Are Veneers Permanent?
On the visit following the initial veneer consultation, your dentist will shave a layer of enamel from the surface of your teeth to accommodate the thickness of the veneers. Then, he or she will make models of the affected teeth and fit you with temporary veneers. The models, in the meantime, will be sent to a dental laboratory that will use them to make your permanent veneers.
On the third visit, your dentist will first ensure your new veneers look and fit right. If the color or size is off in any way, your dentist will trim the veneer as needed, or use various shades of cement to make adjustments for the color. Then the cement and veneer will be placed and positioned, and excess cement cleaned away. Once your dentist is satisfied everything looks right, he or she will use laser light to quickly cure the cement.
There are definite advantages to getting veneers when compared to other options for improving the appearance of your teeth, such as bonding or crowns, or taking no action at all. The biggest plus is that veneers can drastically improve your smile and your self-esteem. They're less expensive than crown work and are resistant to staining. However, staining of adjacent teeth that don't have veneers may cause them to be noticeably different shades.
You should also consider some of the potential disadvantages before getting veneers. For example, errors during the bonding process could result in discolored veneers, due to the selection of cement colors available. If veneers break or crack, fixing them can be an extensive process, especially if the bonding is still strong and intact. Veneers that fall off due to poor bonding can often be reapplied. If a veneer breaks, however, the portion remaining on your tooth will need to be ground down (much like your enamel was when you first received the veneer) and replaced with a new veneer.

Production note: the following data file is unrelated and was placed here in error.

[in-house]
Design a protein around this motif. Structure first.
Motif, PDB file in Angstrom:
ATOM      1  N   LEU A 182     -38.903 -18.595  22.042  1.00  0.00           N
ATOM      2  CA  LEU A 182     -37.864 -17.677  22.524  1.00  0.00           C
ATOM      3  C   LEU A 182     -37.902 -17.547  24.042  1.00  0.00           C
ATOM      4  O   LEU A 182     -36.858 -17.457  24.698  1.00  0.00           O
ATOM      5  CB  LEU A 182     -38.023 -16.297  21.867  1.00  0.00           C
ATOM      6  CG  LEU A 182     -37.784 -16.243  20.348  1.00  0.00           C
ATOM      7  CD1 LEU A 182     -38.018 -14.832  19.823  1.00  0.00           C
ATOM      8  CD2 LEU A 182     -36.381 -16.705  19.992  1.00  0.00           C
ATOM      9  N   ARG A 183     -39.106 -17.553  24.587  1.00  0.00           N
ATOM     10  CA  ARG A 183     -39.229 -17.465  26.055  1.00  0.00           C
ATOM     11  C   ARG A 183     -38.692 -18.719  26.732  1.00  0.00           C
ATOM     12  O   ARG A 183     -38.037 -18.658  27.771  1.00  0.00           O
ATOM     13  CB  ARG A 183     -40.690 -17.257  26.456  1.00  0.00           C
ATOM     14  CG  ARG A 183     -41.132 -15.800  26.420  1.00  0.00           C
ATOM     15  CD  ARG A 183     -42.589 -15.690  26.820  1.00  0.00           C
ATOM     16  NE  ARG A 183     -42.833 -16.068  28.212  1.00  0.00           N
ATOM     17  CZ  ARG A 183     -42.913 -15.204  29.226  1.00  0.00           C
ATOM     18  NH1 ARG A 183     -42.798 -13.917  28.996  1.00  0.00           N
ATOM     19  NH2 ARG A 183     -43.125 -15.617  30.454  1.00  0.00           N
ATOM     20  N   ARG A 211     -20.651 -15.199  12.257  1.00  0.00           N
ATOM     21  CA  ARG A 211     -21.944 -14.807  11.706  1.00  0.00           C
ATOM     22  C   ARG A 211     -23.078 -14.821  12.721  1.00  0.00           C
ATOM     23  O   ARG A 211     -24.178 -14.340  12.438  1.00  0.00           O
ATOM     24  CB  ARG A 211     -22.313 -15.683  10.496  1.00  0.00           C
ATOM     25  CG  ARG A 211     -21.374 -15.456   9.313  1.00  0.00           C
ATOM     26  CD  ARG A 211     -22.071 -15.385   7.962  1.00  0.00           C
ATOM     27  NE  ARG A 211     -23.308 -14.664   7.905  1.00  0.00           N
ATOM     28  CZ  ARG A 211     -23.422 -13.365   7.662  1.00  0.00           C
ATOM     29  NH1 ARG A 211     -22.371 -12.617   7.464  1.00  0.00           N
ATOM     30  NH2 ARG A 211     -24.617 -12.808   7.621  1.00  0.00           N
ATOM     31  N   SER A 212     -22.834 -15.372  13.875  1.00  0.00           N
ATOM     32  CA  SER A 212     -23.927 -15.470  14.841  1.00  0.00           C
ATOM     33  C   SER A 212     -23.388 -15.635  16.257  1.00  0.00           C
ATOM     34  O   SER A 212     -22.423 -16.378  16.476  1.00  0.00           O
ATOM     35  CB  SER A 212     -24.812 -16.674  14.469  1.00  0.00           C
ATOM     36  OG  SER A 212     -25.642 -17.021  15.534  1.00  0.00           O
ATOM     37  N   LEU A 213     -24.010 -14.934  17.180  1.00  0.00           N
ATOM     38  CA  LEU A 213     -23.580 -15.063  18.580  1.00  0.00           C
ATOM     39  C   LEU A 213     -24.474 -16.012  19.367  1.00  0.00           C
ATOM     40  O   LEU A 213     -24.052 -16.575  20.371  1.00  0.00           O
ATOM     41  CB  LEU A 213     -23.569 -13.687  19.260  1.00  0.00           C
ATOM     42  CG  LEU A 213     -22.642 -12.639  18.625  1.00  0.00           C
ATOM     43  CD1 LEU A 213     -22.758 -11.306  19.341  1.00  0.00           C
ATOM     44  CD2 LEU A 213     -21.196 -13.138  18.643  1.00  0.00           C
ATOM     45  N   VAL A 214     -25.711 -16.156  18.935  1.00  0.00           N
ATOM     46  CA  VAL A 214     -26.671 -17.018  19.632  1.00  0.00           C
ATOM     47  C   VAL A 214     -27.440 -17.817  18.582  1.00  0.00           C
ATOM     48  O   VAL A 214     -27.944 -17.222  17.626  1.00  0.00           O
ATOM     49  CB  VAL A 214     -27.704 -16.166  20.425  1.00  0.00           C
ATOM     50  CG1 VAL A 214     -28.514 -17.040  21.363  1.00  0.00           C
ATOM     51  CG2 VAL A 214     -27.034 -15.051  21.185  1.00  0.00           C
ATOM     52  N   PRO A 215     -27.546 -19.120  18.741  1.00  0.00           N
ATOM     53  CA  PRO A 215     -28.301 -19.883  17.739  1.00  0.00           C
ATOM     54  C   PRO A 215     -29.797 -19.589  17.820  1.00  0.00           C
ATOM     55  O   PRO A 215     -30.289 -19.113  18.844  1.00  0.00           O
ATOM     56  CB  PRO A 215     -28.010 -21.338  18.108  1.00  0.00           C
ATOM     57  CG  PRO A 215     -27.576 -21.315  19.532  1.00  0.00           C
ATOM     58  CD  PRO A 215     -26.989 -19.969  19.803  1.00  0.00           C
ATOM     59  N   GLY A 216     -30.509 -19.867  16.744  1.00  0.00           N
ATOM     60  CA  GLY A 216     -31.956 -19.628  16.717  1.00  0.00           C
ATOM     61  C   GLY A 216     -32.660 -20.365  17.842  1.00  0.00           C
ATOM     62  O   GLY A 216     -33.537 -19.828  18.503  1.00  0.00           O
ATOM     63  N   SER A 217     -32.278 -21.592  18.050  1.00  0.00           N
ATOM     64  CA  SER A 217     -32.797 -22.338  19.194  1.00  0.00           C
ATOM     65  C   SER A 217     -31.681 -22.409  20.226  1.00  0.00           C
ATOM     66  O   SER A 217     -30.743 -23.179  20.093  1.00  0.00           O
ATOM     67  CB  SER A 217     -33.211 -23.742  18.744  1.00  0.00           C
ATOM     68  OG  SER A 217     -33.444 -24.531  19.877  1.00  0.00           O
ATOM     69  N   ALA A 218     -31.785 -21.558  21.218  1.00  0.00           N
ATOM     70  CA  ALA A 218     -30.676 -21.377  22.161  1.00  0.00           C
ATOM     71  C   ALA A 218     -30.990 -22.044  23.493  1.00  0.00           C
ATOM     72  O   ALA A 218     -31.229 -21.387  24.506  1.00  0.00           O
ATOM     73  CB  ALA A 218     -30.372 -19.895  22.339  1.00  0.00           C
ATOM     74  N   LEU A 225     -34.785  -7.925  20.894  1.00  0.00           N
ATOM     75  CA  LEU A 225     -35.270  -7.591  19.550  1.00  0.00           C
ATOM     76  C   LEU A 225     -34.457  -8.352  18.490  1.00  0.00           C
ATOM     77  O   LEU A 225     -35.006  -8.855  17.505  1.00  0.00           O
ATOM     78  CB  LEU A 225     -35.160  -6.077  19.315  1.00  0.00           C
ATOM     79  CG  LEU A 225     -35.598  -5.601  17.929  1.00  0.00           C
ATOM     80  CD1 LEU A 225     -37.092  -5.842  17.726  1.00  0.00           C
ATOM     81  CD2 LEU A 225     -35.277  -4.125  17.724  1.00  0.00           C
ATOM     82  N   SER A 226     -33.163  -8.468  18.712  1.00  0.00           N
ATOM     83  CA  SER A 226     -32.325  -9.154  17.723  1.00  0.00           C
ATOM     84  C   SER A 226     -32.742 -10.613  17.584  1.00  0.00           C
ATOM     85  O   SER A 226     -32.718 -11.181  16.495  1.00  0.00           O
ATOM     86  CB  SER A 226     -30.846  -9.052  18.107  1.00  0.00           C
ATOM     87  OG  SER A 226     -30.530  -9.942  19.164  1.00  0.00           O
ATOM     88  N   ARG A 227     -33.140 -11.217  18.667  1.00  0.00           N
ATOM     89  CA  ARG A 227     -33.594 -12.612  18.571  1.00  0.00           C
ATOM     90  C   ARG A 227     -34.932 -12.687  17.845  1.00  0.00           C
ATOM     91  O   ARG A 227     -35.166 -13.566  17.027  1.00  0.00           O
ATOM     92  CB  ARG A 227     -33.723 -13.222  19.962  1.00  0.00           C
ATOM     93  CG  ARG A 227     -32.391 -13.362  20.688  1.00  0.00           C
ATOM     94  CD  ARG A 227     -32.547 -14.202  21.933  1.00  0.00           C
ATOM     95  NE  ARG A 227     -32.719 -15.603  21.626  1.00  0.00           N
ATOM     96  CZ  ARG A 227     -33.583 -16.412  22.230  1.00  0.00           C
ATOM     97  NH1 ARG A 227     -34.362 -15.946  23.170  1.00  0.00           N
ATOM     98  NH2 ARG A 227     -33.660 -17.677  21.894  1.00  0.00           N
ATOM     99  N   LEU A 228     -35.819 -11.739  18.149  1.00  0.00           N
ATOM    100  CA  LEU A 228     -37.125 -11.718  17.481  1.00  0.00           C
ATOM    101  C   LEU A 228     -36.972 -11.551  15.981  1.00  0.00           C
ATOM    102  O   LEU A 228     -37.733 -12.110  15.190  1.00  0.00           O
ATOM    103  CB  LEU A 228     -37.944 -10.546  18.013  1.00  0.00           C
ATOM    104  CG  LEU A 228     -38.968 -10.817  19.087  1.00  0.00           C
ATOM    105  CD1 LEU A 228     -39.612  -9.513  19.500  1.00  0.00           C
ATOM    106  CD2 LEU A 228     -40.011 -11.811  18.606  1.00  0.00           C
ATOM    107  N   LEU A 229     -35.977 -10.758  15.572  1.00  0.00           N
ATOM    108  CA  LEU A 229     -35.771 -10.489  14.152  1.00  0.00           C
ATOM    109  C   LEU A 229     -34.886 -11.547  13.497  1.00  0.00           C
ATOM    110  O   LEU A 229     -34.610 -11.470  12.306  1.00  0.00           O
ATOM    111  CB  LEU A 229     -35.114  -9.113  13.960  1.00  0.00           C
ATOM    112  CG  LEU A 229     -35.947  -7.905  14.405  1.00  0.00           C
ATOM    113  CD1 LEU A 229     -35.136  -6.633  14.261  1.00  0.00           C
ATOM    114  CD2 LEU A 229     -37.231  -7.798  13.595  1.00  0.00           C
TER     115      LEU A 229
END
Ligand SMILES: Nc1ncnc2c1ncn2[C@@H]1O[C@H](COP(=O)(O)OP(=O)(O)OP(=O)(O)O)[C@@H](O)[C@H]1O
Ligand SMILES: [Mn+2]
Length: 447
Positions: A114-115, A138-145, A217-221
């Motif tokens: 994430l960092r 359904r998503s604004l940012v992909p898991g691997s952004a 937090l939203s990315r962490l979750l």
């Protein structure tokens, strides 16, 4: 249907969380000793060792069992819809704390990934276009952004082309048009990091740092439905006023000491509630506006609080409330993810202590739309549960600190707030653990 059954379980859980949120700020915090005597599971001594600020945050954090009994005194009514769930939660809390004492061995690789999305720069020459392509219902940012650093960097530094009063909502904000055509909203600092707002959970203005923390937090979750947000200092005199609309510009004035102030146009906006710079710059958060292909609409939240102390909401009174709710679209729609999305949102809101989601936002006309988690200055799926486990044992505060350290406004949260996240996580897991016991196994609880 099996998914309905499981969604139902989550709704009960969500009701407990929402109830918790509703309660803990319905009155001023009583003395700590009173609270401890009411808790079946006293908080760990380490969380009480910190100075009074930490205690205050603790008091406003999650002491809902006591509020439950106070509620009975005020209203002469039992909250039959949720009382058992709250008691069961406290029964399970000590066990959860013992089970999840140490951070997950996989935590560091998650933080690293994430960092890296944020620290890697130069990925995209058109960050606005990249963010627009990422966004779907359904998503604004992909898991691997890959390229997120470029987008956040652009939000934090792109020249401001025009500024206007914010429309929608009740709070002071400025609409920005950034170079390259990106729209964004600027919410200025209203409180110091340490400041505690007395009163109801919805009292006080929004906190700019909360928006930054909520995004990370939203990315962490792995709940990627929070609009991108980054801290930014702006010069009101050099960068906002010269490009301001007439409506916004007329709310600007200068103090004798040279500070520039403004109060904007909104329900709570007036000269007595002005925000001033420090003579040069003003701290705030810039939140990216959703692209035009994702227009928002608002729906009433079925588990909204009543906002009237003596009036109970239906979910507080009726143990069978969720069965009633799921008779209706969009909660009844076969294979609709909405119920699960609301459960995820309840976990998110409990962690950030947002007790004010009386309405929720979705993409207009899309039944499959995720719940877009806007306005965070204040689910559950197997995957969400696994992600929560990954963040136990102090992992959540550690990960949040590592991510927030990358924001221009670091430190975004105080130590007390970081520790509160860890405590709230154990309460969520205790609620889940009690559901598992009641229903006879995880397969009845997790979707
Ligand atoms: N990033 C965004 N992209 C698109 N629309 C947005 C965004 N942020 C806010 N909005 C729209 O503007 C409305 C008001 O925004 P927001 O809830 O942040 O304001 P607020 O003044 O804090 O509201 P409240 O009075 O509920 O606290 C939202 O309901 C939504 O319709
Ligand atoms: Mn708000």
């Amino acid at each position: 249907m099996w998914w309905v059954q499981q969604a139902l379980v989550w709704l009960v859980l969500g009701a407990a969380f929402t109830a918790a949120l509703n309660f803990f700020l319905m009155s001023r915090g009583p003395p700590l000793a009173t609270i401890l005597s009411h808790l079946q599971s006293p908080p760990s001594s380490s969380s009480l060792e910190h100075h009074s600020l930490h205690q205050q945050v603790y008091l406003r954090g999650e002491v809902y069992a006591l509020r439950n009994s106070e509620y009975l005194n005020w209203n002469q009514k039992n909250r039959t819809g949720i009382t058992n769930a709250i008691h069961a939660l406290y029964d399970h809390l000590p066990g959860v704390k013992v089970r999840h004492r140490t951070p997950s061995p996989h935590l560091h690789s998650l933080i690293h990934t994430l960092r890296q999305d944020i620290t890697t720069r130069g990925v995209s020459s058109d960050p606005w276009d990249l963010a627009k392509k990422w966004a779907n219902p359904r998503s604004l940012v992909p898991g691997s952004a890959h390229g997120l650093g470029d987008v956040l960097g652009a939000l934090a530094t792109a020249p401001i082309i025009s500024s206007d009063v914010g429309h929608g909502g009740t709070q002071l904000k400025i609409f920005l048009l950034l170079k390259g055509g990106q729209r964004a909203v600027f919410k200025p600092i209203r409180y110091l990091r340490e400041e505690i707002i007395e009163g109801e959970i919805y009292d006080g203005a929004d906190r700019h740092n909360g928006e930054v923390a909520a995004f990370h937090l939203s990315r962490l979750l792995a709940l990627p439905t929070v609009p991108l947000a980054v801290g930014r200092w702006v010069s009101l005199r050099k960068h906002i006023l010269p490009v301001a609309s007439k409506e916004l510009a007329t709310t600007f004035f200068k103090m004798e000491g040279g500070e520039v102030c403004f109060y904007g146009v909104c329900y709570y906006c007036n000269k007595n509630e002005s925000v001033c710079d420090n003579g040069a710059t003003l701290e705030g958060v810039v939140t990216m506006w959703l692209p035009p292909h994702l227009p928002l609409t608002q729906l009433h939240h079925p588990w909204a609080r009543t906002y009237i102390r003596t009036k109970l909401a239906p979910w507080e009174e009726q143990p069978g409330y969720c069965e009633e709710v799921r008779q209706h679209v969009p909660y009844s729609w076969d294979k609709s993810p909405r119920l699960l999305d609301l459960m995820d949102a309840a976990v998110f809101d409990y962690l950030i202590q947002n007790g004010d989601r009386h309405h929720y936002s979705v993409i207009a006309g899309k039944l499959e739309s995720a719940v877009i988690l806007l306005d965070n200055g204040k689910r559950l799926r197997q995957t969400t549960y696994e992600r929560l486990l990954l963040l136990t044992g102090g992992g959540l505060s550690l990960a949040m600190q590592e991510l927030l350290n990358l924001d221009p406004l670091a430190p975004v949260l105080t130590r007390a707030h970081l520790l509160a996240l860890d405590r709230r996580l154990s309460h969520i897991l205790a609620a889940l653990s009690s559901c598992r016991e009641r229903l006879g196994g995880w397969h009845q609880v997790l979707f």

Replacing veneers at some point, whether they break or not, is almost inevitable. This is because veneers are considered semi-permanent. In other words, they're permanent enough that you won't want to replace them before their time, but they generally last only about 5 to 10 years, at which point the bonding begins to fail [source: Cleveland Clinic]. And once your enamel has been scraped away to make room for the veneer, there's no going back -- you'll have to keep wearing them.
Veneers are durable, but treat them with care: You'll want to break habits like chewing your fingernails or ice. Teeth grinding may chip or crack veneers to the point of needing replacements, as well.
There's a newer type of veneer available, called Lumineers. Learn more about what they are and how they compare to regular veneers on the next page.